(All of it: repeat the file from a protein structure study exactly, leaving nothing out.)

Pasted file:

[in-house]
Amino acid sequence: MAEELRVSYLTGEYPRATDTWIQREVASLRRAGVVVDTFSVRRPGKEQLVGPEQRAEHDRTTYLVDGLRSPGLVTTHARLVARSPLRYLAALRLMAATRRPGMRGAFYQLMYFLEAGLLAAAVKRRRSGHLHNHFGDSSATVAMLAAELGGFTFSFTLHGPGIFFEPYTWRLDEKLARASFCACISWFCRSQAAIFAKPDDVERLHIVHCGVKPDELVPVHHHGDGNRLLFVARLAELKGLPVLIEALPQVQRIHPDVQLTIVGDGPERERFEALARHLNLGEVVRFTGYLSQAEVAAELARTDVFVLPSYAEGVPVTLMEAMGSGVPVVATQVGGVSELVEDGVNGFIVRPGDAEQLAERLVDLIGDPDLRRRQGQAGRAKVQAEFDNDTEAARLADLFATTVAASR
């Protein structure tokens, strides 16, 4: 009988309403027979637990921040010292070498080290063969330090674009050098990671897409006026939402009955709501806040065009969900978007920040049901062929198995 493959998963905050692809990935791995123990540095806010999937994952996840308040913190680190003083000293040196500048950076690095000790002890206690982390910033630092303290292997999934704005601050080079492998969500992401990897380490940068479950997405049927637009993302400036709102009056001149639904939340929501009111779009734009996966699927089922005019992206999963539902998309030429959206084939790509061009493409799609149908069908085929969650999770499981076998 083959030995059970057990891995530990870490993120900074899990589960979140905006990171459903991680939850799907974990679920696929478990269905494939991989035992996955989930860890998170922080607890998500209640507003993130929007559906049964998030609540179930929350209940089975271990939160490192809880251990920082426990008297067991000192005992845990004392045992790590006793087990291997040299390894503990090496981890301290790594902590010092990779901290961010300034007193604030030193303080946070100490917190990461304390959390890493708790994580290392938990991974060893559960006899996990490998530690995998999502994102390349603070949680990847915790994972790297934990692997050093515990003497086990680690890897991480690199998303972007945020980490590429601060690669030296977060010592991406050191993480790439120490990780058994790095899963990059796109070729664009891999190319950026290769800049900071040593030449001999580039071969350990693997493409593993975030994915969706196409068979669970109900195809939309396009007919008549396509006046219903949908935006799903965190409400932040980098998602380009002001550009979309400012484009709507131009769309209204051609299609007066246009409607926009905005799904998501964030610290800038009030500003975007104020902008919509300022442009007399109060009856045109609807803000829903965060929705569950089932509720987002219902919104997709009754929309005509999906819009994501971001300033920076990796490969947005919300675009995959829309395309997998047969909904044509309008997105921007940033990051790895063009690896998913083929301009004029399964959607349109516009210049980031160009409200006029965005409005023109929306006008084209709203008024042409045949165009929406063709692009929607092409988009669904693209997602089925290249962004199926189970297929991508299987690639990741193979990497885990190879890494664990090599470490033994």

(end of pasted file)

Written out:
[in-house]
Amino acid sequence: MAEELRVSYLTGEYPRATDTWIQREVASLRRAGVVVDTFSVRRPGKEQLVGPEQRAEHDRTTYLVDGLRSPGLVTTHARLVARSPLRYLAALRLMAATRRPGMRGAFYQLMYFLEAGLLAAAVKRRRSGHLHNHFGDSSATVAMLAAELGGFTFSFTLHGPGIFFEPYTWRLDEKLARASFCACISWFCRSQAAIFAKPDDVERLHIVHCGVKPDELVPVHHHGDGNRLLFVARLAELKGLPVLIEALPQVQRIHPDVQLTIVGDGPERERFEALARHLNLGEVVRFTGYLSQAEVAAELARTDVFVLPSYAEGVPVTLMEAMGSGVPVVATQVGGVSELVEDGVNGFIVRPGDAEQLAERLVDLIGDPDLRRRQGQAGRAKVQAEFDNDTEAARLADLFATTVAASR
């Protein structure tokens, strides 16, 4: 009988309403027979637990921040010292070498080290063969330090674009050098990671897409006026939402009955709501806040065009969900978007920040049901062929198995 493959998963905050692809990935791995123990540095806010999937994952996840308040913190680190003083000293040196500048950076690095000790002890206690982390910033630092303290292997999934704005601050080079492998969500992401990897380490940068479950997405049927637009993302400036709102009056001149639904939340929501009111779009734009996966699927089922005019992206999963539902998309030429959206084939790509061009493409799609149908069908085929969650999770499981076998 083959030995059970057990891995530990870490993120900074899990589960979140905006990171459903991680939850799907974990679920696929478990269905494939991989035992996955989930860890998170922080607890998500209640507003993130929007559906049964998030609540179930929350209940089975271990939160490192809880251990920082426990008297067991000192005992845990004392045992790590006793087990291997040299390894503990090496981890301290790594902590010092990779901290961010300034007193604030030193303080946070100490917190990461304390959390890493708790994580290392938990991974060893559960006899996990490998530690995998999502994102390349603070949680990847915790994972790297934990692997050093515990003497086990680690890897991480690199998303972007945020980490590429601060690669030296977060010592991406050191993480790439120490990780058994790095899963990059796109070729664009891999190319950026290769800049900071040593030449001999580039071969350990693997493409593993975030994915969706196409068979669970109900195809939309396009007919008549396509006046219903949908935006799903965190409400932040980098998602380009002001550009979309400012484009709507131009769309209204051609299609007066246009409607926009905005799904998501964030610290800038009030500003975007104020902008919509300022442009007399109060009856045109609807803000829903965060929705569950089932509720987002219902919104997709009754929309005509999906819009994501971001300033920076990796490969947005919300675009995959829309395309997998047969909904044509309008997105921007940033990051790895063009690896998913083929301009004029399964959607349109516009210049980031160009409200006029965005409005023109929306006008084209709203008024042409045949165009929406063709692009929607092409988009669904693209997602089925290249962004199926189970297929991508299987690639990741193979990497885990190879890494664990090599470490033994």